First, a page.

The next one we’re going to
go through is our ATPases.
The prototype that we’re going to
use for this is a V-type calcium
or V-type sodium-potassium
ATPase or a pump.
Now, why are these
pumps so important?
Well, this is important
because the last two
things we went through,
pores and ion channels,
needed to have a
concentration gradient for
there to be any transport
across the membrane.
Here, we are creating the gradient or
we are pumping against the gradient.
So we don’t need to rely on a
gradient, we can do it ourselves
by using energy to get us across
that particular cell membrane.
So that’s why this is
called active transport.
And this is used to either
establish a gradient
or move something
against other gradient.
Okay, besides having ATPases in
places like the plasma membrane,
we can also use ATPases in other places
such as the endoplasmic reticulum.
There’s a certain kind of calcium
pump located on the endoplasmic
reticulum of muscle cells that
allows us to pump in calcium.
And why this is so important is this
is going to help us relax a muscle
by removing calcium from the
cytosol of that muscle cell.
Now, what are the important aspects
of having these particular ATPases?
Well, the first thing to think about is
there needs to be ATP hydrolysis occur.
Now, this occurs both on our pumps,
as well as on our ABC transporters
and these are not pumps in
themselves but still require ATP
hydrolysis or energy to cause
the transport process to work.
But let’s get back
to our prototype.
Usually, for our prototype,
what we’re trying to do
is pump a certain number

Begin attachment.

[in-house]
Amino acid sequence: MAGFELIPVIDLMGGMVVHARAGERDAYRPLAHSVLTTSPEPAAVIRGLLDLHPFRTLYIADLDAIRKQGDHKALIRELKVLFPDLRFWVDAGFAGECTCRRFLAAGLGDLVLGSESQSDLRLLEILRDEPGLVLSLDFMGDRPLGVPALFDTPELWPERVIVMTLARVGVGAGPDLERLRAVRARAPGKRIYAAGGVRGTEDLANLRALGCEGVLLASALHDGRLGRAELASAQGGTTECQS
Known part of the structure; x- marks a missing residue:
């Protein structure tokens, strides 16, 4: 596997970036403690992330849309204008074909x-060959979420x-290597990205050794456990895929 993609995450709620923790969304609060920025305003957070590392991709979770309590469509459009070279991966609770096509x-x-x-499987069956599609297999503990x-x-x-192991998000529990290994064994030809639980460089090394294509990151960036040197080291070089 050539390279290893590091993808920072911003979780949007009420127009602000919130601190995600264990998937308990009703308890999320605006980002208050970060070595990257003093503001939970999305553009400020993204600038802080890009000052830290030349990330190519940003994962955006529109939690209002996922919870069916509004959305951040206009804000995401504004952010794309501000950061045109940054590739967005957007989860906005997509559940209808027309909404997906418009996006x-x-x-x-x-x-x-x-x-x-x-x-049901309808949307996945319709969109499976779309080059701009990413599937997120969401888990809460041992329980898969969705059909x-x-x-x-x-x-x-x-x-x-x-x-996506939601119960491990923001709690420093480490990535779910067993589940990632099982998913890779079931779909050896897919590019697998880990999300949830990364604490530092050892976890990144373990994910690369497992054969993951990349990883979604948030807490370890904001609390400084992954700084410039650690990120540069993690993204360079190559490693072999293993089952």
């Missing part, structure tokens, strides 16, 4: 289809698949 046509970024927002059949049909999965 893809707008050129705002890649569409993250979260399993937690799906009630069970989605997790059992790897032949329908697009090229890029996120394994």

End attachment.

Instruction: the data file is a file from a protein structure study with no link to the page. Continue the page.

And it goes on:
of ions across the cell.
For this sodium-potassium
ATPase, we’re going to
be pumping an unequal
number across the membrane.
So, three get kicked out of the cell
and two potassium move into the cell.
This unequal number though creates
an electrogenic response,
which means that there’s going to
be an electrical gradient formed.
Because you’re losing three positives
and gaining two positives,
that means there’s a
positive difference there.
As that difference occurs, you’re going
to create an electrical gradient.
So let’s go through that
prototype in more detail.
There’s a number of cyclical processes
involved here and we’re going to
take these one by one to explain
to you how this process works.
The first thing we’re going to
talk about is to think about
the number of different
ions that are exchanged.
So this, again,
is a V-type pump,
extrudes or pushes out three sodium
and brings in two potassium.
The the other things to think about
is where this is primarily located.
Usually, this is going to be on the
basolateral side of most epithelial cells,
and we’ll keep talking about epithelial
cells throughout this particular course.
But these cells are usually
located along on a junction
in which you’re moving something
from one side of that cell
across one membrane into the
cytosol then across that membrane
on the other side to be moved
into somewhere like the blood.
It involves a number of steps
in which here have eight
and we’ll try to animate
these for you so you really
understand how this
sodium-potassium ATPase works.
Okay. Now, that we have the basics
of the sodium-potassium ATPase down,
let’s now take each one
of those steps in turn.
So let’s first start off with
the basic portion of the pump.
So we have ATP bound to it,
we have the outer gate closed,
and we have nothing in the pump yet.
We now have sodium that enters into the
pump, in fact, three sodium to be precise.
The next thing that happens
is the hydrolysis of ATP.
Hydrolysis means we break down ATP into
an ADP and an inorganic phosphate.
The inorganic phosphate
What this also does is
close the inner gate.
Now, the outer gate opens
through a conformational change
and that allows sodium to leave.
This then allows the
potassium, in fact, two
of them to be precise,
entering into the pump.
Then, inorganic phosphate leaves
the pump, closing the outer door.
And now, ATP binds back to the pump
which opens up that inner gate,
to go into the cell.
And that sets up the
sodium-potassium ATPase pump cycle,
where you need to have ATP bound,
broken down, sodium entering,
sodium to and exit the cell,
potassium to enter the pump, and then,
finally, potassium to enter the cell.
And it’s very important to have
that process working correctly
to open and close the various
gates at the appropriate time.
It’s a great example of a
sodium-potassium ATPase V-type pump.